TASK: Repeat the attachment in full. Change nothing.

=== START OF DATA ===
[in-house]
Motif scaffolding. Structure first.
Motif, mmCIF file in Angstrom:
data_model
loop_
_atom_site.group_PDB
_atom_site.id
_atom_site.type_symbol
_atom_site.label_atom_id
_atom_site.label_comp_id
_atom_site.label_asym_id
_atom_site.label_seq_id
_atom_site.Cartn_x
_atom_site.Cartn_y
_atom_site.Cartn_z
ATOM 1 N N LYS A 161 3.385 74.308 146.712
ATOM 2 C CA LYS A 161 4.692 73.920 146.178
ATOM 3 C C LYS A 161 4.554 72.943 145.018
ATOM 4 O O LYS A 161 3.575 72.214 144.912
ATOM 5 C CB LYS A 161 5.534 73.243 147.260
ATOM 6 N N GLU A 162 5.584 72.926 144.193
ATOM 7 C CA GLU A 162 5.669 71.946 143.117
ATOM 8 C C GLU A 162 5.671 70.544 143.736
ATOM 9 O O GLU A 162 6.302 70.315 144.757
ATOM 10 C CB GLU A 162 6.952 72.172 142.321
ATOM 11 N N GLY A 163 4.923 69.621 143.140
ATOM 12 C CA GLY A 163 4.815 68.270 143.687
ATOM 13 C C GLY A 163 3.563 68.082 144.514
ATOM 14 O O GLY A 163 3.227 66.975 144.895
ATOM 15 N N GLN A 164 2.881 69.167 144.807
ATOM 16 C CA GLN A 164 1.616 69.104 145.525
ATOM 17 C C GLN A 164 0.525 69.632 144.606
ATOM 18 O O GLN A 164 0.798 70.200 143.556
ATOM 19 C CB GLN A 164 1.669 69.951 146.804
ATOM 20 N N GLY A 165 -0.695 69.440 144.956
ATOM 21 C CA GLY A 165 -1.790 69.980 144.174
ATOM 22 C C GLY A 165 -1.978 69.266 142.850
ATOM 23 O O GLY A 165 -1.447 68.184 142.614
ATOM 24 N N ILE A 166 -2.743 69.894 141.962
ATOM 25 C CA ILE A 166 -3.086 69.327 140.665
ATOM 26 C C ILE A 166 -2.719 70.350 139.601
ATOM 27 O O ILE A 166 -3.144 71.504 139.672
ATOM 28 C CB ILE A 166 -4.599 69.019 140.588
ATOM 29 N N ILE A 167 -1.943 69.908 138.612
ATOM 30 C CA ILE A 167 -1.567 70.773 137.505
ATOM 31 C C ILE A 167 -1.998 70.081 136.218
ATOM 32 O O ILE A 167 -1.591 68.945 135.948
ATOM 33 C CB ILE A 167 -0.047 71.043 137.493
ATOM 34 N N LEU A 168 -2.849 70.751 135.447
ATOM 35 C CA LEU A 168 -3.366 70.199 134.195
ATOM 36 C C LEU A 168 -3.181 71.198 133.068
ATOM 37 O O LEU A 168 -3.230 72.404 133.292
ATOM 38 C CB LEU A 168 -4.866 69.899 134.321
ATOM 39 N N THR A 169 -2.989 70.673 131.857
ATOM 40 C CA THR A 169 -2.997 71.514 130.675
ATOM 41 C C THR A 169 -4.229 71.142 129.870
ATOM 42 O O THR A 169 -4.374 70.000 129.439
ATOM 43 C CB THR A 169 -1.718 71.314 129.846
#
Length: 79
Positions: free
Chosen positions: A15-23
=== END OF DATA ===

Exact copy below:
[in-house]
Motif scaffolding. Structure first.
Motif, mmCIF file in Angstrom:
data_model
loop_
_atom_site.group_PDB
_atom_site.id
_atom_site.type_symbol
_atom_site.label_atom_id
_atom_site.label_comp_id
_atom_site.label_asym_id
_atom_site.label_seq_id
_atom_site.Cartn_x
_atom_site.Cartn_y
_atom_site.Cartn_z
ATOM 1 N N LYS A 161 3.385 74.308 146.712
ATOM 2 C CA LYS A 161 4.692 73.920 146.178
ATOM 3 C C LYS A 161 4.554 72.943 145.018
ATOM 4 O O LYS A 161 3.575 72.214 144.912
ATOM 5 C CB LYS A 161 5.534 73.243 147.260
ATOM 6 N N GLU A 162 5.584 72.926 144.193
ATOM 7 C CA GLU A 162 5.669 71.946 143.117
ATOM 8 C C GLU A 162 5.671 70.544 143.736
ATOM 9 O O GLU A 162 6.302 70.315 144.757
ATOM 10 C CB GLU A 162 6.952 72.172 142.321
ATOM 11 N N GLY A 163 4.923 69.621 143.140
ATOM 12 C CA GLY A 163 4.815 68.270 143.687
ATOM 13 C C GLY A 163 3.563 68.082 144.514
ATOM 14 O O GLY A 163 3.227 66.975 144.895
ATOM 15 N N GLN A 164 2.881 69.167 144.807
ATOM 16 C CA GLN A 164 1.616 69.104 145.525
ATOM 17 C C GLN A 164 0.525 69.632 144.606
ATOM 18 O O GLN A 164 0.798 70.200 143.556
ATOM 19 C CB GLN A 164 1.669 69.951 146.804
ATOM 20 N N GLY A 165 -0.695 69.440 144.956
ATOM 21 C CA GLY A 165 -1.790 69.980 144.174
ATOM 22 C C GLY A 165 -1.978 69.266 142.850
ATOM 23 O O GLY A 165 -1.447 68.184 142.614
ATOM 24 N N ILE A 166 -2.743 69.894 141.962
ATOM 25 C CA ILE A 166 -3.086 69.327 140.665
ATOM 26 C C ILE A 166 -2.719 70.350 139.601
ATOM 27 O O ILE A 166 -3.144 71.504 139.672
ATOM 28 C CB ILE A 166 -4.599 69.019 140.588
ATOM 29 N N ILE A 167 -1.943 69.908 138.612
ATOM 30 C CA ILE A 167 -1.567 70.773 137.505
ATOM 31 C C ILE A 167 -1.998 70.081 136.218
ATOM 32 O O ILE A 167 -1.591 68.945 135.948
ATOM 33 C CB ILE A 167 -0.047 71.043 137.493
ATOM 34 N N LEU A 168 -2.849 70.751 135.447
ATOM 35 C CA LEU A 168 -3.366 70.199 134.195
ATOM 36 C C LEU A 168 -3.181 71.198 133.068
ATOM 37 O O LEU A 168 -3.230 72.404 133.292
ATOM 38 C CB LEU A 168 -4.866 69.899 134.321
ATOM 39 N N THR A 169 -2.989 70.673 131.857
ATOM 40 C CA THR A 169 -2.997 71.514 130.675
ATOM 41 C C THR A 169 -4.229 71.142 129.870
ATOM 42 O O THR A 169 -4.374 70.000 129.439
ATOM 43 C CB THR A 169 -1.718 71.314 129.846
#
Length: 79
Positions: free
Chosen positions: A15-23